Professor to Live ‘Green’ in Dumpster

WEDNESDAY, MARCH 5, 2014


If you think your house is a dump, try moving into an actual Dumpster.

A biology professor at Huston-Tillotson University in Austin, TX, is doing just that—in an attempt to educate his students about sustainable living.

Dr. Jeff Wilson recently sold his possessions to move into the sanitized 33-square-foot Dumpster for a year, according to local news reports and the project website.

Dumpster Digs

The idea for the project came to Wilson when he was in a Starbucks coffee shop thinking of ways to make his research more interactive and looked outside to see a Dumpster, he told KXAN Austin News.

“A Dumpster is the perfect symbol to present themes on waste and consumption in an engaging way,” according to project details.

“It’s weird. It’s fun. It gets the wheels of imagination turning.”

3 Phases

The project will involve three phases of Dumpster living: a camping site; an average American (Dumpster) home; and a space-capsule design or über Dumpster. At each stage, students from elementary school to college will pitch in to plan and test solutions for the abode. Experts will also offer advice.

In the first phase, "Professor Dumpster" (Wilson’s nickname) will have a 15-degree-rated sleeping bag for camping in the trash can tent. (Temperatures in Austin have been in the 40s this week.) He will filter water for drinking from a nearby lake and use campus facilities for bathing.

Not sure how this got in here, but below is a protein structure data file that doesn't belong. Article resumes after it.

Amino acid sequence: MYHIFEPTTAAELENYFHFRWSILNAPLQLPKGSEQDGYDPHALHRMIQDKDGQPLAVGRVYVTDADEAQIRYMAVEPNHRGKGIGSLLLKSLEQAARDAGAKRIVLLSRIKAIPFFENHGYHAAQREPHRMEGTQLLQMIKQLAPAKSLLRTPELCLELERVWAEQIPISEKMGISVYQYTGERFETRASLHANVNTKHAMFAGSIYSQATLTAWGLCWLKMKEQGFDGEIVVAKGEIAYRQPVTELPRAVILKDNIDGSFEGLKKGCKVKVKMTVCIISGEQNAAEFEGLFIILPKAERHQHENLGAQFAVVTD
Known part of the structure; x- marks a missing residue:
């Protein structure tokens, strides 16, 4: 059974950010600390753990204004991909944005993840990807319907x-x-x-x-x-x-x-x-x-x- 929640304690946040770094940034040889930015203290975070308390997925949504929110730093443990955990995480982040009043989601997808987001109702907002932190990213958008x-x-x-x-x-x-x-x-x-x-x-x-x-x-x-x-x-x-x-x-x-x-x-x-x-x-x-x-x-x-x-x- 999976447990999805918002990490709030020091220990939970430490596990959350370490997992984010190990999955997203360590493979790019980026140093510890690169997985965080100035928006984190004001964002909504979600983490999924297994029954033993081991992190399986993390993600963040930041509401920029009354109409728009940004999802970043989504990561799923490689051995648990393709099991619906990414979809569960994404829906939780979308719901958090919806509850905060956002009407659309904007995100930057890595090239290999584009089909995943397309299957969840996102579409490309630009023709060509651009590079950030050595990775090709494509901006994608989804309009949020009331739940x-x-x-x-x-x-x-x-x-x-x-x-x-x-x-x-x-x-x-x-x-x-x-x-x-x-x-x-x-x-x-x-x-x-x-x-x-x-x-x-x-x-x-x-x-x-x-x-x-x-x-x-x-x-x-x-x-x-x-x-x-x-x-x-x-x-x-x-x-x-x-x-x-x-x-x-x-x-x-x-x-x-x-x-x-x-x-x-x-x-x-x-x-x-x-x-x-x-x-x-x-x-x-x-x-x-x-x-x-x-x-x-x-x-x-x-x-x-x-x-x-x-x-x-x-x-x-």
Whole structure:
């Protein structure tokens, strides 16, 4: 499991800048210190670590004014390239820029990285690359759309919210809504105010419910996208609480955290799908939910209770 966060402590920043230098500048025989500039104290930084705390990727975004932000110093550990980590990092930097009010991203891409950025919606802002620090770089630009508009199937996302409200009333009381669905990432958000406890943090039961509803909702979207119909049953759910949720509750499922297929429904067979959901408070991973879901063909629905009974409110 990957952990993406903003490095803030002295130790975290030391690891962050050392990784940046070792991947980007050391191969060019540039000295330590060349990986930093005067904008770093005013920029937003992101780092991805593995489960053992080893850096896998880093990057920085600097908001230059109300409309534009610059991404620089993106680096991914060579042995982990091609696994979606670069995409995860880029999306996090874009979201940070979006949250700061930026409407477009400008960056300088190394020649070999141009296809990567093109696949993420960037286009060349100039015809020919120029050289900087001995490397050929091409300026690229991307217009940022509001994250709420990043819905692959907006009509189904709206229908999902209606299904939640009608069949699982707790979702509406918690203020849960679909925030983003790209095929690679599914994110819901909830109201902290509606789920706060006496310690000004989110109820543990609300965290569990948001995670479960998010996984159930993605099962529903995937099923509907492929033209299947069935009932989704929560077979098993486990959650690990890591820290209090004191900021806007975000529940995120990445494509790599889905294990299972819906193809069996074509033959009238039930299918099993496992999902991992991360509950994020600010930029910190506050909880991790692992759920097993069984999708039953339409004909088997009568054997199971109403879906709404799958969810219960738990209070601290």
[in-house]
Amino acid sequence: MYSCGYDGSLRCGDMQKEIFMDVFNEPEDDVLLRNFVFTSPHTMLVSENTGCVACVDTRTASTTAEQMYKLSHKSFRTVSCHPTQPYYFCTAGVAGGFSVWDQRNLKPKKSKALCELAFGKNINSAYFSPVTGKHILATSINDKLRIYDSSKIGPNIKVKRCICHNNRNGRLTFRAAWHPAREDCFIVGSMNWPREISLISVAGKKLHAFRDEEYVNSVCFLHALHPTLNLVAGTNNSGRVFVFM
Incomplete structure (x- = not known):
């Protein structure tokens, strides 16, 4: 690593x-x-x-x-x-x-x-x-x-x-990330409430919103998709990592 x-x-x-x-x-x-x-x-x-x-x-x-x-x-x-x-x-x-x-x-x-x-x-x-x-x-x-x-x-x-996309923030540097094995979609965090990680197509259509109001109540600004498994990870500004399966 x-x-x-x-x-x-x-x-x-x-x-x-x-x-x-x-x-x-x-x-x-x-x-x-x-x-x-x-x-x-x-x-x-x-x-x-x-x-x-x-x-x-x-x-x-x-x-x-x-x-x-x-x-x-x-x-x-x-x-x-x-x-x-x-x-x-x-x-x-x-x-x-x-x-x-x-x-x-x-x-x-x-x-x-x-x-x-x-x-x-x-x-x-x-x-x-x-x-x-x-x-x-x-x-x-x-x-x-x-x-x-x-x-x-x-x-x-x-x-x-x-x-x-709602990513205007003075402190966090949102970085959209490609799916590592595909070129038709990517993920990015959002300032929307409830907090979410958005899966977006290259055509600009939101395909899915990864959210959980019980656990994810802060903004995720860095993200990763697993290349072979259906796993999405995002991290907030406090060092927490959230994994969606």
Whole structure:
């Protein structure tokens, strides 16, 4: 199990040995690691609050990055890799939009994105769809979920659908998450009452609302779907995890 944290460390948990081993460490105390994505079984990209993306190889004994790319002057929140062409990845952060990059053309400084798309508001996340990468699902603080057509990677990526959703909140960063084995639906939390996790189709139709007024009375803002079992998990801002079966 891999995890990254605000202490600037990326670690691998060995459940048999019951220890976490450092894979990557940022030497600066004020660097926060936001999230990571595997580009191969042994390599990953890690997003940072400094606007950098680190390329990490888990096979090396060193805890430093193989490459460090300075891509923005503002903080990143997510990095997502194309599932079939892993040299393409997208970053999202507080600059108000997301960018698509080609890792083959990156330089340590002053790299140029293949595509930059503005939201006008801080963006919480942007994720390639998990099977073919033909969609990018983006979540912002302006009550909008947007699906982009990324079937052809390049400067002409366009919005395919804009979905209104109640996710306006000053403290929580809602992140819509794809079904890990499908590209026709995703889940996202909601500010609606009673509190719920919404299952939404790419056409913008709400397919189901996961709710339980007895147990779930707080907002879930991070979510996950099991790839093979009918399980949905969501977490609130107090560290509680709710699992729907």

During the second phase, the Dumpster will be flashier, “plugged into the electrical and water grid” and feature appliances, such as a washing machine and dryer, according to project details.

Dumpster Project
Dumpster Project / Facebook

Ultimately, Wilson wants to answer this question: “Can you have a pretty good life living in 1 percent of the average new American home with 1 percent the energy, 1 percent the water, and 1 percent the waste?”

In the third phase, the student team will attempt to get one percent of the energy and water use of an average American home, all contained in the tiny container.

At the end of the project, Wilson hopes to answer this question: “Can you have a pretty good life living in 1 percent of the average new American home with 1 percent the energy, 1 percent the water, and 1 percent the waste?”

The Ford Foundation is donating $75,000 to the effort.

Expert Advisor

Others have also tossed around the idea of Dumpster living.

In 2011, California artist Gregory Kloehn transformed a trash container into a fully functional home, equipped with a working kitchen, toilet, storage and sleeping area.

Kim Aronson / YouTube

In this video, Kloehn offers a tour of his Dumpster design.

Kloehn is listed as a “Dumpster Yoda” who will provide expert advice to the Dumpster Project team.

   

Tagged categories: Aesthetics; Color + Design; Design; Eco-efficiency; Energy efficiency; Green building; Research; Sustainability

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